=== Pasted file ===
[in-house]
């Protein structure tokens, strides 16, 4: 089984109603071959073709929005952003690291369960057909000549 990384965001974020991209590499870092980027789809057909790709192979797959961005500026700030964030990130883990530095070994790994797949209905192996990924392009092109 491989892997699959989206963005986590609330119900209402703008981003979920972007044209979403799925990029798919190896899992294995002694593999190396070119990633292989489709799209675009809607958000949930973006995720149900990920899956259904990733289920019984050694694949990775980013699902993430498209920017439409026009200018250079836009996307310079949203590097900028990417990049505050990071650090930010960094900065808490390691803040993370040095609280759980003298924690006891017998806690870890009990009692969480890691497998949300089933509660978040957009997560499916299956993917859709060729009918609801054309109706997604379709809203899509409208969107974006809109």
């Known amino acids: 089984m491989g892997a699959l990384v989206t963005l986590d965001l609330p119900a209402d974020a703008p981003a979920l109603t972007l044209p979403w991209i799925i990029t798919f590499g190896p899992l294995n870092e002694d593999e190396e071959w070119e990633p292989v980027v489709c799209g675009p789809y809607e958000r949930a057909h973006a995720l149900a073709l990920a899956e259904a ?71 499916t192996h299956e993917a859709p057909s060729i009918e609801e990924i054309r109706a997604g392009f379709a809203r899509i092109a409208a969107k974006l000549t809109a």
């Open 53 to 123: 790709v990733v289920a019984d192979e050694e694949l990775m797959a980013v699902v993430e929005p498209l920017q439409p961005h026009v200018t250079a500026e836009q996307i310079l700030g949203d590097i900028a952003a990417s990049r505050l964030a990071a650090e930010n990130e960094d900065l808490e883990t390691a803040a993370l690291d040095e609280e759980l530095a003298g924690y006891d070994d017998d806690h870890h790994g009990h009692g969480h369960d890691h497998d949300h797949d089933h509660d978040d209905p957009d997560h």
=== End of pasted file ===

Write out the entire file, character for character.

[in-house]
């Protein structure tokens, strides 16, 4: 089984109603071959073709929005952003690291369960057909000549 990384965001974020991209590499870092980027789809057909790709192979797959961005500026700030964030990130883990530095070994790994797949209905192996990924392009092109 491989892997699959989206963005986590609330119900209402703008981003979920972007044209979403799925990029798919190896899992294995002694593999190396070119990633292989489709799209675009809607958000949930973006995720149900990920899956259904990733289920019984050694694949990775980013699902993430498209920017439409026009200018250079836009996307310079949203590097900028990417990049505050990071650090930010960094900065808490390691803040993370040095609280759980003298924690006891017998806690870890009990009692969480890691497998949300089933509660978040957009997560499916299956993917859709060729009918609801054309109706997604379709809203899509409208969107974006809109």
């Known amino acids: 089984m491989g892997a699959l990384v989206t963005l986590d965001l609330p119900a209402d974020a703008p981003a979920l109603t972007l044209p979403w991209i799925i990029t798919f590499g190896p899992l294995n870092e002694d593999e190396e071959w070119e990633p292989v980027v489709c799209g675009p789809y809607e958000r949930a057909h973006a995720l149900a073709l990920a899956e259904a ?71 499916t192996h299956e993917a859709p057909s060729i009918e609801e990924i054309r109706a997604g392009f379709a809203r899509i092109a409208a969107k974006l000549t809109a």
């Open 53 to 123: 790709v990733v289920a019984d192979e050694e694949l990775m797959a980013v699902v993430e929005p498209l920017q439409p961005h026009v200018t250079a500026e836009q996307i310079l700030g949203d590097i900028a952003a990417s990049r505050l964030a990071a650090e930010n990130e960094d900065l808490e883990t390691a803040a993370l690291d040095e609280e759980l530095a003298g924690y006891d070994d017998d806690h870890h790994g009990h009692g969480h369960d890691h497998d949300h797949d089933h509660d978040d209905p957009d997560h």